THE world’s oldest temple, Göbekli Tepe in southern Turkey, may have been built to worship the dog star, Sirius.The 11,000-year-old site consists of a series of at least 20 circular enclosures, although only a few have been uncovered since excavations began in the mid-1990s. Each one is surrounded by a ring of huge, T-shaped stone pillars, some of which are decorated with carvings of fierce animals. Two more megaliths stand parallel to each other at the centre of each ring (see illustration).
Göbekli Tepe put a dent in the idea of the Neolithic revolution, which said that the invention of agriculture spurred humans to build settlements and develop civilisation, art and religion. There is no evidence of agriculture near the temple, hinting that religion came first in this instance.
“We have a lot of contemporaneous sites which are settlements of hunter-gatherers. Göbekli Tepe was a sanctuary site for people living in these settlements,” says Klaus Schmidt, chief archaeologist for the project at the German Archaeological Institute (DAI) in Berlin.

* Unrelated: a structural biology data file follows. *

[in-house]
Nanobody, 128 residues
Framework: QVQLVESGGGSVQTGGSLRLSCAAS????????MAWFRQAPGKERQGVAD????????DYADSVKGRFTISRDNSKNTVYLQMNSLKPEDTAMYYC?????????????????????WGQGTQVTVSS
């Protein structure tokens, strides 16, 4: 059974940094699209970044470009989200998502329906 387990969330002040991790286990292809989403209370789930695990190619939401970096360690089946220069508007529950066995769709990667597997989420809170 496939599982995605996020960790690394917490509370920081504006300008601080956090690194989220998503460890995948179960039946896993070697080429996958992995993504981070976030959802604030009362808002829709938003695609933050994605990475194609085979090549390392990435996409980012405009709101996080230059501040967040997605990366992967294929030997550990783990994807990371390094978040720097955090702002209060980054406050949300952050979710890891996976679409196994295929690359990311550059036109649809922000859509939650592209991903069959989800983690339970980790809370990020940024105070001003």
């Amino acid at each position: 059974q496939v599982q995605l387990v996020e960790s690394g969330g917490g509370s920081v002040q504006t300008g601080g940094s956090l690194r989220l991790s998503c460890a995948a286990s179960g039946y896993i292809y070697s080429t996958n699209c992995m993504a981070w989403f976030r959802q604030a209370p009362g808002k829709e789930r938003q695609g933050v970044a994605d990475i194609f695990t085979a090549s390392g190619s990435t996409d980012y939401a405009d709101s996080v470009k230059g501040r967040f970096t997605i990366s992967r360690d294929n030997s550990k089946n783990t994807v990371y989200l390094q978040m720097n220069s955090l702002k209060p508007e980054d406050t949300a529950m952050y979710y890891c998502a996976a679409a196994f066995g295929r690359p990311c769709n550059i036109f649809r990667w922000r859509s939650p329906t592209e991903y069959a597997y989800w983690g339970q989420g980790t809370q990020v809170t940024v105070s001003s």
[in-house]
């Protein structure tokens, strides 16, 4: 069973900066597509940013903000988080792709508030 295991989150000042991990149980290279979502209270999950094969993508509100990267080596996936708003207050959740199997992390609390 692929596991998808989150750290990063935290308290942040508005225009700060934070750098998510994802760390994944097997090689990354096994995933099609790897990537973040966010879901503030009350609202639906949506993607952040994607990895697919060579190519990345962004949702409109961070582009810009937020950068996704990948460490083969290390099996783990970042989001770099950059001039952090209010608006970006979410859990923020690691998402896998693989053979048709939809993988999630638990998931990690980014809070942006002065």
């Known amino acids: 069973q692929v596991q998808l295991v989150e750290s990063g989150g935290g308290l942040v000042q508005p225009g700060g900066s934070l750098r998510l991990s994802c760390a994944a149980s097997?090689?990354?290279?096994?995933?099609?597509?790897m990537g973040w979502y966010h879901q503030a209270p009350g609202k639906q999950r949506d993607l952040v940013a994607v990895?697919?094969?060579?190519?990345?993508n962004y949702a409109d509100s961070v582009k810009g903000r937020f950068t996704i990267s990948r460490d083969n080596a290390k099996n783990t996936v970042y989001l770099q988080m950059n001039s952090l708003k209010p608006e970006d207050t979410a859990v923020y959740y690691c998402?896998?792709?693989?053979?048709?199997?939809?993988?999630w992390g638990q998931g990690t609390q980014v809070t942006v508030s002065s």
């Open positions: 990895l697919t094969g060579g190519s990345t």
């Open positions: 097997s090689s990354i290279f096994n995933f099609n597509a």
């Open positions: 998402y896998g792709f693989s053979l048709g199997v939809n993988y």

Drones are most often associated with assassinations in remote regions of Pakistan and Yemen but in Peru, unmanned aircraft are being used to monitor crops and study ancient ruins.
Forget Reapers and Predators — the drones used here are hand-held contraptions that look like they were assembled in a garage with gear from a hardware store.
They are equipped with a microcomputer, a GPS tracker, a compass, cameras and an altimeter, and can be easily programmed by using Google Maps to fly autonomously and return to base with vital data.
“These aircraft are small in size, are equipped with high-precision video or photo cameras and go virtually unnoticed in the sky,” said Andres Flores, an electrical engineer in charge of the UAV program at Peru’s Catholic University.
Here is a collection of interesting quotes from scientists, authors, researchers, NASA insiders and star-gazers relating to the enigmatic and often inexplicable nature of the moon:
“We cannot help but come to the conclusion that the Moon by rights ought not to be there. The fact that it is, is one of the strokes of luck almost too good to accept… Small planets, such as Earth, with weak gravitational fields, might well lack satellites… … In general then, when a planet does have satellites, those satellites are much smaller than the planet itself. Therefore, even if the Earth has a satellite, there would be every reason to suspect… that at best it would be a tiny world, perhaps 30 miles in diameter. But that is not so. Earth not only has a satellite, but it is a giant satellite, 2160 miles in diameter. How is it then, that tiny Earth has one? Amazing.”